Most people who were children in the 70s remember the moment well. Where they were. What they were doing, when a little movie released on May 25, 1977 would disrupt the filmic landscape, some say for the worse. I beg to differ. The movie? “Star Wars,” of course.
My first glimpse into that galaxy far, far away happened on the eve of Memorial Day weekend. I was ten years old, living in El Paso, Texas. School was out and summer was upon us, which meant my sister and I could stay up later than our usual bedtime of 9pm to watch TV with our parents. The schedule was the same every night, prime time shows followed by the news at 10 o’clock, followed by “The Tonight Show with Johnny Carson.”
How did Stars have Wars?
As the local news wrapped up for the night, the anchorman mentioned a new science fiction movie that was breaking box office records on its first day. Crowds were lining up around the country to see it. The TV station then cut to a segment with David Sheehan, the entertainment reporter for KCBS in Los Angeles.
Sheehan talked about a movie called “Star Wars,” which was taking audiences by storm and appealing to all types of filmgoers, much like “Jaws” did two years before. There were shots of the lines around Grauman’s Chinese Theater in Hollywood. Sheehan mentioned how the movie was a throwback to the old Flash Gordon serials of the 30s but with a new twist.
Images of the Death Star escape, TIE fighter dogfight, and the Millennium Falcon were burned into my retinas. I’d never seen anything like it. Sheehan spoke of a farm boy named Luke Skywalker fighting an evil empire and Darth Vader. Who were they? There was a furry alien called Chewbacca. What? The bad guys wore white armor and all of the good guy’s spaceships looked beat up and dirty. And how did stars have wars?
Sheehan mentioned George Lucas, the writer and director of the movie. He’d made another hit, “American Graffiti” several years before. Up to this point I had no idea how movies were made. Was it like a play that was filmed? All done in real time? The components to a movie were still a mystery to me.
The Patience of a Jedi
David Sheehan wrapped up his “Star Wars” review and “The Tonight Show” followed, but I was in a daze. Johnny Carson gave his monologue and I heard my parents laughing, but I couldn’t think of anything else. That night I dreamed of spaceships and aliens. The seed had been planted. I had to see the movie. But there was a problem — it wasn’t even showing locally yet.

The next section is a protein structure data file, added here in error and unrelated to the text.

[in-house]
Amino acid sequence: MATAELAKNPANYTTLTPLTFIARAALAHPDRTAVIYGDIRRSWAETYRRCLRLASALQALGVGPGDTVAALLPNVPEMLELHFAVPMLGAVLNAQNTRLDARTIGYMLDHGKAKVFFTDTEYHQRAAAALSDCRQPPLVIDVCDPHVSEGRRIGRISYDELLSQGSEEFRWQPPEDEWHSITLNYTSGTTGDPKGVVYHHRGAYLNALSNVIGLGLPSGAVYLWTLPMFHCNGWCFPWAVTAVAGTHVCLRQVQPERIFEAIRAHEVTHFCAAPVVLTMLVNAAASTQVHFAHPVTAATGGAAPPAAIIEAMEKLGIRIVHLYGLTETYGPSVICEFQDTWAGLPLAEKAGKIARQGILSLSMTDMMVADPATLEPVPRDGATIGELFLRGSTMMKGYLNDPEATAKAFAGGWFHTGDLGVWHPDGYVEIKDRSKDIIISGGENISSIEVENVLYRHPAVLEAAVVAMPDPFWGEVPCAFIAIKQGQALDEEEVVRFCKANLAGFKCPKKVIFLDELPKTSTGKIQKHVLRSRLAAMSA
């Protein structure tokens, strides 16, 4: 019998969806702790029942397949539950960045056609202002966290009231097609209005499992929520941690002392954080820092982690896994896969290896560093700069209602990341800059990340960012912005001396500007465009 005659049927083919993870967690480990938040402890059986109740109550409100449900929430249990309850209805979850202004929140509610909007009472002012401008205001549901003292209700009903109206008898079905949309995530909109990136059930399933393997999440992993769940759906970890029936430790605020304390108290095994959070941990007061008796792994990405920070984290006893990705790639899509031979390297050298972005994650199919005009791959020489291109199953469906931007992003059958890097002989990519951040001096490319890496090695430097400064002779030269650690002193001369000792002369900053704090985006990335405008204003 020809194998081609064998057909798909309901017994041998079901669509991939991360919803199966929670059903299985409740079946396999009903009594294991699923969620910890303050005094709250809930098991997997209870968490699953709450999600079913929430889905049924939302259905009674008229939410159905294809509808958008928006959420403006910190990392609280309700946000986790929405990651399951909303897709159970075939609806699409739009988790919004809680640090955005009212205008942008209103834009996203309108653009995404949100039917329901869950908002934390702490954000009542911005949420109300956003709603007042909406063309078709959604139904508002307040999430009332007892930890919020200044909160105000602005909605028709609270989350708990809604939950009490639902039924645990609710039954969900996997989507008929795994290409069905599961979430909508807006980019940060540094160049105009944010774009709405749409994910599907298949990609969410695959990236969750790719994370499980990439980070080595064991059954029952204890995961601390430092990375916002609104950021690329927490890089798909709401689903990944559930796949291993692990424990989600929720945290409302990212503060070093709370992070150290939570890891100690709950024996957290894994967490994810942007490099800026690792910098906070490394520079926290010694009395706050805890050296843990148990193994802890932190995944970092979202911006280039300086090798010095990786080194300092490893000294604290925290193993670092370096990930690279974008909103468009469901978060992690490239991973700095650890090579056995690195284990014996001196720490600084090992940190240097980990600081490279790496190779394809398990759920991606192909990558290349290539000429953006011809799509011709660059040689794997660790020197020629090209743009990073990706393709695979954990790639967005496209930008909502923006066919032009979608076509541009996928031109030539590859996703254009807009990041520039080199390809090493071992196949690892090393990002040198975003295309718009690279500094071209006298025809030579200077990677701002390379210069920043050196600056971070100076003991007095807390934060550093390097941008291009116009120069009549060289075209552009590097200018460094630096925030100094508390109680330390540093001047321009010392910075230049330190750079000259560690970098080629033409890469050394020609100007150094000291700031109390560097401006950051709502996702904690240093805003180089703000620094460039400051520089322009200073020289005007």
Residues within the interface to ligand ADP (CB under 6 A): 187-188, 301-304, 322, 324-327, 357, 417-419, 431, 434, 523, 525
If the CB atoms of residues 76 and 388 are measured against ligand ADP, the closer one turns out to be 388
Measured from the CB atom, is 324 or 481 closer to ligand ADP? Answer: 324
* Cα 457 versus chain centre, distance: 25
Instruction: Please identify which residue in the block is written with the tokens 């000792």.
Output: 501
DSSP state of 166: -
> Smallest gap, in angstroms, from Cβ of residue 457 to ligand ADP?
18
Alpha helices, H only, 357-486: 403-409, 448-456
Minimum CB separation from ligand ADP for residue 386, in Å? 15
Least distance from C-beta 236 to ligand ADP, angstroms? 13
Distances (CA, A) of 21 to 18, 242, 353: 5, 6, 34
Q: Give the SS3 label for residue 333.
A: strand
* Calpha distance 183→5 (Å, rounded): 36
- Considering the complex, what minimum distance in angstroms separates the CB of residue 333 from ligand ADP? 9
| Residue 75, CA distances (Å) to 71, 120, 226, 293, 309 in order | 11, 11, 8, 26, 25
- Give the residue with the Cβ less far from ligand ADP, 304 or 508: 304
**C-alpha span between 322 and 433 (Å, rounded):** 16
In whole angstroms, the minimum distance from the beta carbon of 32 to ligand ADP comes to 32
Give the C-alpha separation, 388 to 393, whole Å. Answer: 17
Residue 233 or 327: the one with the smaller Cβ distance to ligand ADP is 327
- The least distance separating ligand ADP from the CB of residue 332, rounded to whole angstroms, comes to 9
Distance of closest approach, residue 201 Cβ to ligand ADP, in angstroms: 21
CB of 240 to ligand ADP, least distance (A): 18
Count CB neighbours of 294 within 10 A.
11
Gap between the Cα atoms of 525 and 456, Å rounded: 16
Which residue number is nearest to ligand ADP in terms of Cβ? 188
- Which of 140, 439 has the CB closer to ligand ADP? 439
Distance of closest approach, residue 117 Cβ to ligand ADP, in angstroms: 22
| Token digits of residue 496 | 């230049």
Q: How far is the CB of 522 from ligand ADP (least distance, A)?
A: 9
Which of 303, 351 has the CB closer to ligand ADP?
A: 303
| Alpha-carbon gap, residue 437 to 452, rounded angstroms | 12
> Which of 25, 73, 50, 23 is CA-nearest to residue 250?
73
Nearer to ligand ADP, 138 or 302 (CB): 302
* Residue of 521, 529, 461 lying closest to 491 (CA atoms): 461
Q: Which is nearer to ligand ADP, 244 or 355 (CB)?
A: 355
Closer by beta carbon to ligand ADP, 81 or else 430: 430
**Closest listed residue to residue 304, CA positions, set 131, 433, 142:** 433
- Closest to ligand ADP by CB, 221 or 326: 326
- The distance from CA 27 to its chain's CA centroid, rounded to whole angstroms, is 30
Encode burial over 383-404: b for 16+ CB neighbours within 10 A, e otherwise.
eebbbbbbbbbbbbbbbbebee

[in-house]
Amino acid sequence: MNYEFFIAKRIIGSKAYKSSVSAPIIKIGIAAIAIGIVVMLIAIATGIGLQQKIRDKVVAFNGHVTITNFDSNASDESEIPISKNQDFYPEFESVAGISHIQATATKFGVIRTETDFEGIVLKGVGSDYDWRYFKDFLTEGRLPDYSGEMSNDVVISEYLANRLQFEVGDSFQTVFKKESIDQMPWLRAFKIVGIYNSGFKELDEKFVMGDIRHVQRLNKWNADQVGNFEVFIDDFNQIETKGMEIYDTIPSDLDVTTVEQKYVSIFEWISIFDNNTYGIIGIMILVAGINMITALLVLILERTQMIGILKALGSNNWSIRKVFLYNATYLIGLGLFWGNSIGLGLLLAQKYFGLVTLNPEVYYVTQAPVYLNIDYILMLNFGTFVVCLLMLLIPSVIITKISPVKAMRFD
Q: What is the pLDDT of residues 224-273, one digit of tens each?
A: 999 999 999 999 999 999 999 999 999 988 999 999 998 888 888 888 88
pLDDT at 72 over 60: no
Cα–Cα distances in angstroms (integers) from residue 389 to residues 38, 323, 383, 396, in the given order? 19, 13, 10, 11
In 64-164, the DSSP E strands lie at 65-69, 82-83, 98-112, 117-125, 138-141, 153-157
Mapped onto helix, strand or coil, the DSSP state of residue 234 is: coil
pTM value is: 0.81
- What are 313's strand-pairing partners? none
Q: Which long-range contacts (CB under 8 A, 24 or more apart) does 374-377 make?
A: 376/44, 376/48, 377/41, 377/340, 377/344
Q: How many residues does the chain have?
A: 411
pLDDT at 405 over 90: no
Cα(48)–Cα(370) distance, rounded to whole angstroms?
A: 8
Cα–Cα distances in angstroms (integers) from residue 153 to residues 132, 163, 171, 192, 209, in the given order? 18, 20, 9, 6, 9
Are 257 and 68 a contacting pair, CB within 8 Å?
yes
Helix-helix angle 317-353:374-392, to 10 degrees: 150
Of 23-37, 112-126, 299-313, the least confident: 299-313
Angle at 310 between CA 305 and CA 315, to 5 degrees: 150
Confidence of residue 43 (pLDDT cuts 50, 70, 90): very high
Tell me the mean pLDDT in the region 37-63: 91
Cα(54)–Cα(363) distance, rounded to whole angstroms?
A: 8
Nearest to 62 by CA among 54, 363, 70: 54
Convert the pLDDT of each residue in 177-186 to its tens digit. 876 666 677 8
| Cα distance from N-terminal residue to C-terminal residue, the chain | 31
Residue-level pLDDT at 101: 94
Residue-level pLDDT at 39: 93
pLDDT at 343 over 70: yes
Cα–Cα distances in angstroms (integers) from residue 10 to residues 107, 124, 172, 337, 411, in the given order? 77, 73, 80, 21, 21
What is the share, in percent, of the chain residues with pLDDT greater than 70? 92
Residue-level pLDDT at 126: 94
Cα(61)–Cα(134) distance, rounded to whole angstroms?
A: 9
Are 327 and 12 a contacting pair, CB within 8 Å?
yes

The next morning I started begging my parents to take us to see it. Every Thursday night after dinner I would scan the entertainment section in the local newspaper for the movies premiering the next day. I would not rest until we were all sitting in the theater. After three eternal weeks, I got my wish. My father relented and agreed to take the whole family. Could he tell how much it meant to me? Or did he just want me to stop antagonizing him? I like to think it was a little of both.
Movie day couldn’t come soon enough. My dad drove us to Cielo Vista Mall, the newest shopping center in town. Inside was a General Cinema theater with three screens. The days of the single screen movie theater were coming to an end.
As we walked through the mall to the theater, I was expecting to see a line with tons of people waiting. Luckily, there were only a few moviegoers in front of us. “Star Wars” fever had yet to hit locally, El Paso was not a large city like L.A. or New York. Probably for the better, as my dad would’ve turned us around had there been a long line.
My father paid for the tickets and we lined up at the concession stand for popcorn and drinks. We were finally about to see the movie. My heart was beating so fast I thought it would fly out of my chest. There were a few posters in the theater lobby, but not much else to remind us what was in store.
Moment of Truth
We found some seats in the decent sized theater and sat down to enjoy our popcorn. I can’t remember if I wore a watch then or not, but I kept asking my parents what time it was and how long until the movie started. I was ready for this. Was anyone else there as excited as me?
The house lights went dark and the Coming Attractions reel flickered onscreen. In the late 70s, only a handful of previews would be shown, not the half hour of commercials and trailers that happen today. Back then, it was important to be on time for the movies, because you might actually miss the beginning of the movie.